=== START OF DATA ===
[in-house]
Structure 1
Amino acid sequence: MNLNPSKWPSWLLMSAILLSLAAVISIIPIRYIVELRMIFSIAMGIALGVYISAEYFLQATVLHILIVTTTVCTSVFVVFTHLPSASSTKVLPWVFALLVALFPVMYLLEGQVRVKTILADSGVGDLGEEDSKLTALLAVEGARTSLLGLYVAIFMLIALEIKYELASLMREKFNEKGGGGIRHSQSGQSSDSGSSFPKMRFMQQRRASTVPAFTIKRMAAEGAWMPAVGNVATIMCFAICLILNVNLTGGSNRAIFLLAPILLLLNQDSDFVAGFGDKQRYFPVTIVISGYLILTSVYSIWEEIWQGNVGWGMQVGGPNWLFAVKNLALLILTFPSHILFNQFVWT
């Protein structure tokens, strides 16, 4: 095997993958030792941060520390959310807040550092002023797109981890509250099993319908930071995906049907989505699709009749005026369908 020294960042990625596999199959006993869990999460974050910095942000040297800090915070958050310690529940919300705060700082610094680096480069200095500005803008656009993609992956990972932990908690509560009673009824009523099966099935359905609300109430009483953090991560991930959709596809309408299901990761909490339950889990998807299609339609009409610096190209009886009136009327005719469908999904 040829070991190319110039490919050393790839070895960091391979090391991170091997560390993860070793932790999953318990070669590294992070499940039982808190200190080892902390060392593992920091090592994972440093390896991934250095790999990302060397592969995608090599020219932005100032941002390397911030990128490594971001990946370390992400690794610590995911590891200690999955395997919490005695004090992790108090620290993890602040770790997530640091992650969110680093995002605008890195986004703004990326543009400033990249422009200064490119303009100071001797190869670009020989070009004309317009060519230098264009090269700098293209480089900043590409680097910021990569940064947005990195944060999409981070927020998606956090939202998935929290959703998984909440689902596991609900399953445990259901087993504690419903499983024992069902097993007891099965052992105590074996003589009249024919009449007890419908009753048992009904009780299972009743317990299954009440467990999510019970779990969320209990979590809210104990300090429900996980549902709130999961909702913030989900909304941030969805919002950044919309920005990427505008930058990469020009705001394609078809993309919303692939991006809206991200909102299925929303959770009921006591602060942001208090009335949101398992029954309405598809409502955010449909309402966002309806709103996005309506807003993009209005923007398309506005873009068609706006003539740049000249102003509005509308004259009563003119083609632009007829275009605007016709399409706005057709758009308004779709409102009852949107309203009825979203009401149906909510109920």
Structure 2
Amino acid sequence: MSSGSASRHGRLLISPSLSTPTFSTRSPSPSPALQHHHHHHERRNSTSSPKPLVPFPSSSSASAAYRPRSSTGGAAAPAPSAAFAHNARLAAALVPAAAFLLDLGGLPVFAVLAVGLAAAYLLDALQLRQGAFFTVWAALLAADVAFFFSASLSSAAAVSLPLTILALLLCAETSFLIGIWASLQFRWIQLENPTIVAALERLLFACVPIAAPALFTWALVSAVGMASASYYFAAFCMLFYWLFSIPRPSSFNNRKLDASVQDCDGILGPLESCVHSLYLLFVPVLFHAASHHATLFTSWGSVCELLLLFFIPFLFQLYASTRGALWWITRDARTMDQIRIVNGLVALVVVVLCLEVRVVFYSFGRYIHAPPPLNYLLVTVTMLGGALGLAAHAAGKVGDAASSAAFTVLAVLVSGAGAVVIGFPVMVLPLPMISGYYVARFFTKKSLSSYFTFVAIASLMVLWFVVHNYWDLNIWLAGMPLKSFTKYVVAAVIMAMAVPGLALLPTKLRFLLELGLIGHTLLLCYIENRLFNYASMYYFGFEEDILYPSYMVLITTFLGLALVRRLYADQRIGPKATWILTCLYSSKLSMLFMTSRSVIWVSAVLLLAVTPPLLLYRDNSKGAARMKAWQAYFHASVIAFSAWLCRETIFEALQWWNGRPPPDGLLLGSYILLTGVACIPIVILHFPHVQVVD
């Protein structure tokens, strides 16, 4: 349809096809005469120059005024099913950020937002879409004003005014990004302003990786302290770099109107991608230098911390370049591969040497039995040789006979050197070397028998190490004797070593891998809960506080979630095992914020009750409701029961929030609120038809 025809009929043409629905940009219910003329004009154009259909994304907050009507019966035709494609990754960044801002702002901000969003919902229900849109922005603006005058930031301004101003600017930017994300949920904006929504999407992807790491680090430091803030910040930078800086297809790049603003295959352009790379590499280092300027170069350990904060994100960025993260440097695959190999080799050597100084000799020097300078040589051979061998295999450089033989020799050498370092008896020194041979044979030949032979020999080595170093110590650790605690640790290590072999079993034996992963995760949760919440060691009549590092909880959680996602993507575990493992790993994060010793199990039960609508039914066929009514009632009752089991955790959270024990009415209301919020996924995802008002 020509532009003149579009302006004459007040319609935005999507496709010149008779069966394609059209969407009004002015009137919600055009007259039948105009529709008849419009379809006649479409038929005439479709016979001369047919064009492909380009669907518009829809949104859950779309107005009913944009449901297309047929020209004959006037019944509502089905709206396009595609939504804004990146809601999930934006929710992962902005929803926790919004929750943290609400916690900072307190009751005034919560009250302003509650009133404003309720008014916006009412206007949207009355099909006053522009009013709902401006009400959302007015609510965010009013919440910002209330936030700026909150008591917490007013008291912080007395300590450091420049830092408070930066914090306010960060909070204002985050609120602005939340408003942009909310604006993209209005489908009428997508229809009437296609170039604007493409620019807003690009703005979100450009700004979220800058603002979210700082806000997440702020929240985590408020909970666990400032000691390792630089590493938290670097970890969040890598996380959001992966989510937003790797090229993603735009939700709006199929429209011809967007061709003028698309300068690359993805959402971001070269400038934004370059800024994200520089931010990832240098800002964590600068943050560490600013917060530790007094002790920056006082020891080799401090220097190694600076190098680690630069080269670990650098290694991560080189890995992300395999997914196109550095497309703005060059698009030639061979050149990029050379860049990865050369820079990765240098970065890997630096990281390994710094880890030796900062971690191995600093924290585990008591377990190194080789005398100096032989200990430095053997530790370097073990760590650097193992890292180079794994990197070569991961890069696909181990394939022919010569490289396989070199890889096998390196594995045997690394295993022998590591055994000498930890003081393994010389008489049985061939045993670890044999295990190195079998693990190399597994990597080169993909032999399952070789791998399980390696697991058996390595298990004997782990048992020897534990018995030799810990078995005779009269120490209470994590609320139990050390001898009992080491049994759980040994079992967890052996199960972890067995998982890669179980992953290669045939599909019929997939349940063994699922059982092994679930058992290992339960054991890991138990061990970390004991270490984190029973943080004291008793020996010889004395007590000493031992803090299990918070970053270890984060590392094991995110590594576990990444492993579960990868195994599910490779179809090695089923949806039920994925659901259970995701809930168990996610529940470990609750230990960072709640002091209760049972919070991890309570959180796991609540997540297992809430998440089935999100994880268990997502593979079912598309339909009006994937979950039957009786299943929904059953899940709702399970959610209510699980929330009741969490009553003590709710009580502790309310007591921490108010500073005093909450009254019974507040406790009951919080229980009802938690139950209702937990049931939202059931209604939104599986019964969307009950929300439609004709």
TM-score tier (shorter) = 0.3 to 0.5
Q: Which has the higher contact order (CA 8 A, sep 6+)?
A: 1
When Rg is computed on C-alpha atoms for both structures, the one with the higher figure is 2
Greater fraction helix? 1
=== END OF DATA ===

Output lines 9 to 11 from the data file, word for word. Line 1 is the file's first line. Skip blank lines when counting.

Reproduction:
Q: Which has the higher contact order (CA 8 A, sep 6+)?
A: 1
When Rg is computed on C-alpha atoms for both structures, the one with the higher figure is 2